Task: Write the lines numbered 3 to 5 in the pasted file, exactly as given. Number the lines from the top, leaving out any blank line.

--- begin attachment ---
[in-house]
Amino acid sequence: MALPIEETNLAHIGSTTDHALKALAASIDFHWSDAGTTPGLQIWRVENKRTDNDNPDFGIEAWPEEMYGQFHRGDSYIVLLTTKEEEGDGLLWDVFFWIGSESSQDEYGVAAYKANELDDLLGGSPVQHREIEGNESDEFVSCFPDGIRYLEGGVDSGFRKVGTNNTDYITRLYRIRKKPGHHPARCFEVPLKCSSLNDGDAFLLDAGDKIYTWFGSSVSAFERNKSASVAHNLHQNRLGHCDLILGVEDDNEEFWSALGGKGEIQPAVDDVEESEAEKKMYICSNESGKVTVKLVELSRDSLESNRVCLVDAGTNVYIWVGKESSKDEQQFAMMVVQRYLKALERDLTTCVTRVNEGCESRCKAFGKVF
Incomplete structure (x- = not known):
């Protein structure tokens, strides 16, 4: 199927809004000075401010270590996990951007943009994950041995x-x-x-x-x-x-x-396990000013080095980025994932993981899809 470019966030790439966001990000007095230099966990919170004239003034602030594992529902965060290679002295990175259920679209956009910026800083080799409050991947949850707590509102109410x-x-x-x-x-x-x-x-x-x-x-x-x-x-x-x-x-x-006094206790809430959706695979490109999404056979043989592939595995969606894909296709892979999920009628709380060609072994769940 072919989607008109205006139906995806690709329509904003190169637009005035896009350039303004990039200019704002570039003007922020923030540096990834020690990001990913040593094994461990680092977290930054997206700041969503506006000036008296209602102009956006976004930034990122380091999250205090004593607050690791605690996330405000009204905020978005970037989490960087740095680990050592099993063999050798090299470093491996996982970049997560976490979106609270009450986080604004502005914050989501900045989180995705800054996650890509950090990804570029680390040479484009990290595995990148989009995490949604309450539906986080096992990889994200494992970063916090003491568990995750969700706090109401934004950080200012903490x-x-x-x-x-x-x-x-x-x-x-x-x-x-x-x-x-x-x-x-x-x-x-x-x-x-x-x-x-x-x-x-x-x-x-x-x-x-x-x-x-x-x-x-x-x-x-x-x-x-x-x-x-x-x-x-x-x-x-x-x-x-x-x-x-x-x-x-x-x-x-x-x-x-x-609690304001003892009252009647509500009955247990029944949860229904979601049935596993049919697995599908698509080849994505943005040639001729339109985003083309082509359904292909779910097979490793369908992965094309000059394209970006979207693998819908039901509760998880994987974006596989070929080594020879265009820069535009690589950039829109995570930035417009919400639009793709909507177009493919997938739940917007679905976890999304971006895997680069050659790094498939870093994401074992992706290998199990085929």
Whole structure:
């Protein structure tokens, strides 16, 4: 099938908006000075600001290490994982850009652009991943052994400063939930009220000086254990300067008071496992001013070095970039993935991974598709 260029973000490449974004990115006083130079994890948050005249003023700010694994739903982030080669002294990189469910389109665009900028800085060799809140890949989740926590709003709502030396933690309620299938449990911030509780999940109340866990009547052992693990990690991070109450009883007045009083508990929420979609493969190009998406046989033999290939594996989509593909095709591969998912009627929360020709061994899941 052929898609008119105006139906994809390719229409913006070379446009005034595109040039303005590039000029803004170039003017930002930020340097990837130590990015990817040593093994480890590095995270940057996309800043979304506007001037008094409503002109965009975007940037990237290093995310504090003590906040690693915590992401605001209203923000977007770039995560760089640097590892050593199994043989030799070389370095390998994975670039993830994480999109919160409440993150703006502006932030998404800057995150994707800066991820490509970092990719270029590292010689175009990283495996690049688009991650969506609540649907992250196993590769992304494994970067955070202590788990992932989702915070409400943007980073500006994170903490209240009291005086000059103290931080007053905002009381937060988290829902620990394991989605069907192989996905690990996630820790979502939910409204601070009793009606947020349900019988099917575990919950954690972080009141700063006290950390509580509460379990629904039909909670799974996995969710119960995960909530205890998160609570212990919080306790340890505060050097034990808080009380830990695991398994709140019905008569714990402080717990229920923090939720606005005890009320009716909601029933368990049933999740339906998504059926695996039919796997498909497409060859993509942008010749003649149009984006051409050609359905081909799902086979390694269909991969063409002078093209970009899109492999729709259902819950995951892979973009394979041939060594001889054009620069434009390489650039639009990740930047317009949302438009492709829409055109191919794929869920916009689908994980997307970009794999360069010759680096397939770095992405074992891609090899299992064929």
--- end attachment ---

Incomplete structure (x- = not known):
């Protein structure tokens, strides 16, 4: 199927809004000075401010270590996990951007943009994950041995x-x-x-x-x-x-x-396990000013080095980025994932993981899809 470019966030790439966001990000007095230099966990919170004239003034602030594992529902965060290679002295990175259920679209956009910026800083080799409050991947949850707590509102109410x-x-x-x-x-x-x-x-x-x-x-x-x-x-x-x-x-x-006094206790809430959706695979490109999404056979043989592939595995969606894909296709892979999920009628709380060609072994769940 072919989607008109205006139906995806690709329509904003190169637009005035896009350039303004990039200019704002570039003007922020923030540096990834020690990001990913040593094994461990680092977290930054997206700041969503506006000036008296209602102009956006976004930034990122380091999250205090004593607050690791605690996330405000009204905020978005970037989490960087740095680990050592099993063999050798090299470093491996996982970049997560976490979106609270009450986080604004502005914050989501900045989180995705800054996650890509950090990804570029680390040479484009990290595995990148989009995490949604309450539906986080096992990889994200494992970063916090003491568990995750969700706090109401934004950080200012903490x-x-x-x-x-x-x-x-x-x-x-x-x-x-x-x-x-x-x-x-x-x-x-x-x-x-x-x-x-x-x-x-x-x-x-x-x-x-x-x-x-x-x-x-x-x-x-x-x-x-x-x-x-x-x-x-x-x-x-x-x-x-x-x-x-x-x-x-x-x-x-x-x-x-x-609690304001003892009252009647509500009955247990029944949860229904979601049935596993049919697995599908698509080849994505943005040639001729339109985003083309082509359904292909779910097979490793369908992965094309000059394209970006979207693998819908039901509760998880994987974006596989070929080594020879265009820069535009690589950039829109995570930035417009919400639009793709909507177009493919997938739940917007679905976890999304971006895997680069050659790094498939870093994401074992992706290998199990085929």
Whole structure: